Hernandez v. StateAnnotate this Case
378 S.W.2d 311 (1964)
Juan D. HERNANDEZ, Appellant, v. The STATE of Texas, Appellee.
Court of Criminal Appeals of Texas.
April 29, 1964.
Frank Mabry, Houston, Rex Emerson, Houston (on appeal only), for appellant.
Frank Briscoe, Dist. Atty., Carl E. F. Dally, James C. Brough and Gus J. Zgourides, Asst. Dist. Attys., Houston, and Leon B. Douglas, State's Atty., Austin, for the State.
The offense is murder without malice under Article 802c V.A.P.C. with two prior felony convictions alleged for enhancement; the punishment, life.
Three witnesses who were near the scene of the collision testified that an automobile driven by appellant veered from one traffic lane to another and hit a bicycle on which two boys were riding and that one of the boy's body lay where it came to rest. They each expressed the opinion from appellant's odor, appearance and demeanor that he was intoxicated. Three police officers who arrived upon the scene shortly after the collision expressed the same opinion. It was shown that appellant escaped from the officers' custody when he was taken to a hospital for treatment of a cut on his leg. Pictures of the scene were introduced which showed the body of the boy in front of the automobile and beside the telephone pole.
The prior convictions were stipulated.
Appellant testifying in his own behalf stated that he had drunk only two and one-half bottles of beer prior to the collision, but that he was not intoxicated, and that the collision was caused by the wheels of his automobile beginning to shimmy which caused him to lose control of his automobile and to run into the bicycle on which the boys were riding and thence into a telephone pole. He explained his escape from *312 the hospital by saying, "I just panicked, that's all."
The witness Wright, a taxi driver, testified that he drove appellant later that night, and that appellant told him of the accident he had earlier in the day. Appellant and his brother testified that appellant was at home in bed at the time mentioned in Wright's testimony.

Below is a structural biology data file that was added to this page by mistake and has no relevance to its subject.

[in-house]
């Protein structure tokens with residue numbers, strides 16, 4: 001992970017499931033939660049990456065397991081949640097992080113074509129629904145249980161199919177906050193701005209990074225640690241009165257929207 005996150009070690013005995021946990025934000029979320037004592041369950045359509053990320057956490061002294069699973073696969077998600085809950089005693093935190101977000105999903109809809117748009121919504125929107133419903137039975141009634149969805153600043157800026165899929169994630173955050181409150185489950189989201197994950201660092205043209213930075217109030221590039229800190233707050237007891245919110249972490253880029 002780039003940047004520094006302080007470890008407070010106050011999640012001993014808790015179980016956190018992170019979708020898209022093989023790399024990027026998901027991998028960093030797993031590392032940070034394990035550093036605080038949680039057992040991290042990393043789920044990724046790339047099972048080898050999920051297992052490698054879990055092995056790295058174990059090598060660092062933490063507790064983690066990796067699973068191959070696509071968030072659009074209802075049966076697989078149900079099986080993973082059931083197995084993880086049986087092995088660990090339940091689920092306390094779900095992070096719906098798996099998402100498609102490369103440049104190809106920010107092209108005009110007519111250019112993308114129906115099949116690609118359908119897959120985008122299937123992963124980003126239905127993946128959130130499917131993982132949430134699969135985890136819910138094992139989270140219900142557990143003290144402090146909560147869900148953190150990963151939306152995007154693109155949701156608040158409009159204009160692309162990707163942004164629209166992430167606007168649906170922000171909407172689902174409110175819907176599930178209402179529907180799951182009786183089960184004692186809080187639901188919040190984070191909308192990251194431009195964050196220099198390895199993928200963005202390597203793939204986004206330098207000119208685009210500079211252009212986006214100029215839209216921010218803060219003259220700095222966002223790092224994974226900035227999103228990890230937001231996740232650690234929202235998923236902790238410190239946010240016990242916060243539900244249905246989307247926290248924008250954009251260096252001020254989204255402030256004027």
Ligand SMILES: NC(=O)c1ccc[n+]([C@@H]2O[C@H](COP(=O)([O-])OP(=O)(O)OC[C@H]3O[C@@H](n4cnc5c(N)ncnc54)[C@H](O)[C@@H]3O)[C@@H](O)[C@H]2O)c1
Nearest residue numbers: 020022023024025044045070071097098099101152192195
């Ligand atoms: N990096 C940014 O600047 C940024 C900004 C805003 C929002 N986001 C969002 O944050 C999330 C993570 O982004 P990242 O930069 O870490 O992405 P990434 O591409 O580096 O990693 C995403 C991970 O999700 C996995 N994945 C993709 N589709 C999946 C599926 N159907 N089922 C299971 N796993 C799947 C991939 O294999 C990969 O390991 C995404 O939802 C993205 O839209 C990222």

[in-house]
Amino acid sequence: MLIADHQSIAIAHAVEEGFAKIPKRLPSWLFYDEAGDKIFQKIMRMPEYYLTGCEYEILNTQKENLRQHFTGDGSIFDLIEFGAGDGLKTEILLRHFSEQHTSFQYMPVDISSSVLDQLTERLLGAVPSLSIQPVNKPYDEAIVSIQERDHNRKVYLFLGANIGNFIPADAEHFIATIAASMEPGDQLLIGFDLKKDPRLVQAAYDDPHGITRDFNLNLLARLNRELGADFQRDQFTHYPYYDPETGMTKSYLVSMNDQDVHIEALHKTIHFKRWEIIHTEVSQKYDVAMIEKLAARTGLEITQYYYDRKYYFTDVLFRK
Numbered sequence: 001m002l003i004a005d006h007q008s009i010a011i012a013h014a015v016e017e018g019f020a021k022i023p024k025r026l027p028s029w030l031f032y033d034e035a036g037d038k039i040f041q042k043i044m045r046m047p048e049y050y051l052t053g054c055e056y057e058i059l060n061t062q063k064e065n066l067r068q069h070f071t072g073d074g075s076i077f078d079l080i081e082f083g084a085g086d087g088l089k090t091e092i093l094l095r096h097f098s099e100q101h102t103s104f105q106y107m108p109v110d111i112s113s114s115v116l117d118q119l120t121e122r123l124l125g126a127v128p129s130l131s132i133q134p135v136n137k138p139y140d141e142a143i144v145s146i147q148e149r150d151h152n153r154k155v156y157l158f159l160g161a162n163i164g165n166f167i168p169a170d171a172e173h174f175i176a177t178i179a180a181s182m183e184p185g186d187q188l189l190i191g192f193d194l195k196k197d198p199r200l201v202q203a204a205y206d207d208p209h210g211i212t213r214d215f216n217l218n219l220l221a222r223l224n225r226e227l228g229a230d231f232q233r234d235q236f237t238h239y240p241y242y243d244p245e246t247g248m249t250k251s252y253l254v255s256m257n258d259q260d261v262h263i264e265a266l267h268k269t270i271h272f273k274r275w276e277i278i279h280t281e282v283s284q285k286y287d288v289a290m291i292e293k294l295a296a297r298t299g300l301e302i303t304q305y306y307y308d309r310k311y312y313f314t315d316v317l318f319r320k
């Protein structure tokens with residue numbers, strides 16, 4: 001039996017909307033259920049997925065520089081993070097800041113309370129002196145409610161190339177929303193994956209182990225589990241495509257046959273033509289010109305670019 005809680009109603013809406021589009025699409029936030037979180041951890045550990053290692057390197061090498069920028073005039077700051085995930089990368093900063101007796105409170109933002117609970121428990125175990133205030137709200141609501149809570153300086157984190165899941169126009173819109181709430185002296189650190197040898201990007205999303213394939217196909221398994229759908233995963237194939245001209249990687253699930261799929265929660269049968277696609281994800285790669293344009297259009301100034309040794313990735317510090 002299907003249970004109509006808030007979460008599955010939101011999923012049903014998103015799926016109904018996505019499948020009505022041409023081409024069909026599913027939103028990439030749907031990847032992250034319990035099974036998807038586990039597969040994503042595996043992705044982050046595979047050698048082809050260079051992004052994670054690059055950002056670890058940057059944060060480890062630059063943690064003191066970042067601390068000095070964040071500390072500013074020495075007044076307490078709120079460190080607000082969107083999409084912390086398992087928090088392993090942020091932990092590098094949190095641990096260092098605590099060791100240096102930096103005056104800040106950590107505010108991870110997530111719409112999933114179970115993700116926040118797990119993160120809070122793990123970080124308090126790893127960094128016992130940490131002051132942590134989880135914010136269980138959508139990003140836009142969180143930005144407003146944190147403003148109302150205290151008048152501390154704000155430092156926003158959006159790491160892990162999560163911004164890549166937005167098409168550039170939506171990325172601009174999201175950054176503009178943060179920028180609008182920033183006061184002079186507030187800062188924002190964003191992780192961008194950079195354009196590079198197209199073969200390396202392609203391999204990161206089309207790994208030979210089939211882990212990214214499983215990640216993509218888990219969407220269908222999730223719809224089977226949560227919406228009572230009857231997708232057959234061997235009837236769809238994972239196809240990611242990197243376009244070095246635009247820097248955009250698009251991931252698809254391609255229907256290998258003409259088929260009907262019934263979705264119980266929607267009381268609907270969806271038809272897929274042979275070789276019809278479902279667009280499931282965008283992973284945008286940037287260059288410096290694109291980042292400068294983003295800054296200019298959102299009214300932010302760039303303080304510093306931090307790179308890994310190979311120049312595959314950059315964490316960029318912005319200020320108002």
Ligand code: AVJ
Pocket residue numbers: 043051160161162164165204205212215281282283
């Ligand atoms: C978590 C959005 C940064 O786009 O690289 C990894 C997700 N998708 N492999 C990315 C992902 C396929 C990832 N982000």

Appellant asserts that there was no competent evidence to support the allegations in the indictment that the injuries sustained by the deceased caused his death. We shall discuss the non-stipulated testimony first. The witness Trujillo, a security officer at the Ben Taub General Hospital who witnessed the tragedy, testified that he went over to the boy, but saw that he was "beyond help", and stated, "I know when I see a dead person. I took care of the morgue for two years at J. D. Hospital." Darlene Robinson testified "I went to see if the boy was hurt bad", and "I saw him dead. * * *" Appellant himself testified, "I ran over to see if I could help the boy, but I couldn't do anything for him." The witness Wright testified that appellant told him he had run over a little boy on a bicycle and killed him.
We now come to the stipulation in which appellant personally joined. It was that if Dr. Coulter were present, he would testify that he performed a postmortem examination on the body of the deceased and from such concluded that deceased came to his death as the result of a broken neck, back and crushed chest sustained in a collision between an automobile and a bicycle. Appellant's reliance upon Braggs v. State, 169 Tex.Cr.R. 405, 334 S.W.2d 793, is not well founded because the opinion of the majority in that case was based upon Pitcock v. State, 168 Tex.Cr.R. 204, 324 S.W.2d 866, where we held that a stipulation as to hearsay was not sufficient. The stipulation in the case at bar is a parallel to Watson v. State, Tex.Cr.App., 363 S.W.2d 933 and cases there cited, and we hold the same to be sufficient. The constitutional right of confrontation may be waived. Field v. State, 155 Tex.Cr.R. 137, 232 S.W.2d 717 and authorities there cited.
We find no objection to the court's charge and no requested charges. We have examined the charge and do not find fundamental error therein. No reversible error is presented for review. McMillon v. State, Tex.Cr.App., 367 S.W.2d 676.
Finding the evidence sufficient to sustain the conviction and no reversible error appearing, the judgment is affirmed.